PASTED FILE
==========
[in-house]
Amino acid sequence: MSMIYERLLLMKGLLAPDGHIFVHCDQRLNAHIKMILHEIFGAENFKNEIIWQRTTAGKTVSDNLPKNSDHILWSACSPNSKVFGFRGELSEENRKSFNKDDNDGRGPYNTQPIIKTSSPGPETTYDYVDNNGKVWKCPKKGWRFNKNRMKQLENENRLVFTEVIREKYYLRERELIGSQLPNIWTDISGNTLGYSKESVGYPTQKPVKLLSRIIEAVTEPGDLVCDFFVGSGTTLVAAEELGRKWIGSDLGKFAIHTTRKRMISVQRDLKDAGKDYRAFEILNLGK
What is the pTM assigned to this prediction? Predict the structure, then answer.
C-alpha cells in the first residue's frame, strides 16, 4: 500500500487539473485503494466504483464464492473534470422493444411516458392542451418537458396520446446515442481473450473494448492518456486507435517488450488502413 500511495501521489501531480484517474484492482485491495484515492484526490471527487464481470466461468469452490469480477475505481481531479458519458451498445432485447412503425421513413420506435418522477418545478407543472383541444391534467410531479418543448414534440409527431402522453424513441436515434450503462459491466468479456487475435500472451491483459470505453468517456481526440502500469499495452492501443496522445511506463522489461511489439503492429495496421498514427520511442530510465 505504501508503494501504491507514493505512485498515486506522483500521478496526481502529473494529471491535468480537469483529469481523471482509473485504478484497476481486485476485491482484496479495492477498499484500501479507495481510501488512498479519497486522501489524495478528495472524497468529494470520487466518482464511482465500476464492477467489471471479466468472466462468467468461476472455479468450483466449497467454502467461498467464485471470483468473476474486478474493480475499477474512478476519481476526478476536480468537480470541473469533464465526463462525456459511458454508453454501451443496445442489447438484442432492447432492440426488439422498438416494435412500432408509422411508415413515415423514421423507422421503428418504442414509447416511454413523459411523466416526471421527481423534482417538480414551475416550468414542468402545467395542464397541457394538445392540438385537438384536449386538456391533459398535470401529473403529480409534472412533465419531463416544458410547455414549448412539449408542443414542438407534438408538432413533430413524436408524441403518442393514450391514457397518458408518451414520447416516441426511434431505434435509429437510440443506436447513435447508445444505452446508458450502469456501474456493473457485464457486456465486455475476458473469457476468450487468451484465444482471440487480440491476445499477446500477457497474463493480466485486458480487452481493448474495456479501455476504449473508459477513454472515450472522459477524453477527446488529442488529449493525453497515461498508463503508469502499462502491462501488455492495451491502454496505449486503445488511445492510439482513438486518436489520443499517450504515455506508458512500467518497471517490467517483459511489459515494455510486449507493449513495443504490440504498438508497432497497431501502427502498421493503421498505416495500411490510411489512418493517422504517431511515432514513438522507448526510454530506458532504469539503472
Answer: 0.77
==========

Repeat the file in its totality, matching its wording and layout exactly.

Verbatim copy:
[in-house]
Amino acid sequence: MSMIYERLLLMKGLLAPDGHIFVHCDQRLNAHIKMILHEIFGAENFKNEIIWQRTTAGKTVSDNLPKNSDHILWSACSPNSKVFGFRGELSEENRKSFNKDDNDGRGPYNTQPIIKTSSPGPETTYDYVDNNGKVWKCPKKGWRFNKNRMKQLENENRLVFTEVIREKYYLRERELIGSQLPNIWTDISGNTLGYSKESVGYPTQKPVKLLSRIIEAVTEPGDLVCDFFVGSGTTLVAAEELGRKWIGSDLGKFAIHTTRKRMISVQRDLKDAGKDYRAFEILNLGK
What is the pTM assigned to this prediction? Predict the structure, then answer.
C-alpha cells in the first residue's frame, strides 16, 4: 500500500487539473485503494466504483464464492473534470422493444411516458392542451418537458396520446446515442481473450473494448492518456486507435517488450488502413 500511495501521489501531480484517474484492482485491495484515492484526490471527487464481470466461468469452490469480477475505481481531479458519458451498445432485447412503425421513413420506435418522477418545478407543472383541444391534467410531479418543448414534440409527431402522453424513441436515434450503462459491466468479456487475435500472451491483459470505453468517456481526440502500469499495452492501443496522445511506463522489461511489439503492429495496421498514427520511442530510465 505504501508503494501504491507514493505512485498515486506522483500521478496526481502529473494529471491535468480537469483529469481523471482509473485504478484497476481486485476485491482484496479495492477498499484500501479507495481510501488512498479519497486522501489524495478528495472524497468529494470520487466518482464511482465500476464492477467489471471479466468472466462468467468461476472455479468450483466449497467454502467461498467464485471470483468473476474486478474493480475499477474512478476519481476526478476536480468537480470541473469533464465526463462525456459511458454508453454501451443496445442489447438484442432492447432492440426488439422498438416494435412500432408509422411508415413515415423514421423507422421503428418504442414509447416511454413523459411523466416526471421527481423534482417538480414551475416550468414542468402545467395542464397541457394538445392540438385537438384536449386538456391533459398535470401529473403529480409534472412533465419531463416544458410547455414549448412539449408542443414542438407534438408538432413533430413524436408524441403518442393514450391514457397518458408518451414520447416516441426511434431505434435509429437510440443506436447513435447508445444505452446508458450502469456501474456493473457485464457486456465486455475476458473469457476468450487468451484465444482471440487480440491476445499477446500477457497474463493480466485486458480487452481493448474495456479501455476504449473508459477513454472515450472522459477524453477527446488529442488529449493525453497515461498508463503508469502499462502491462501488455492495451491502454496505449486503445488511445492510439482513438486518436489520443499517450504515455506508458512500467518497471517490467517483459511489459515494455510486449507493449513495443504490440504498438508497432497497431501502427502498421493503421498505416495500411490510411489512418493517422504517431511515432514513438522507448526510454530506458532504469539503472
Answer: 0.77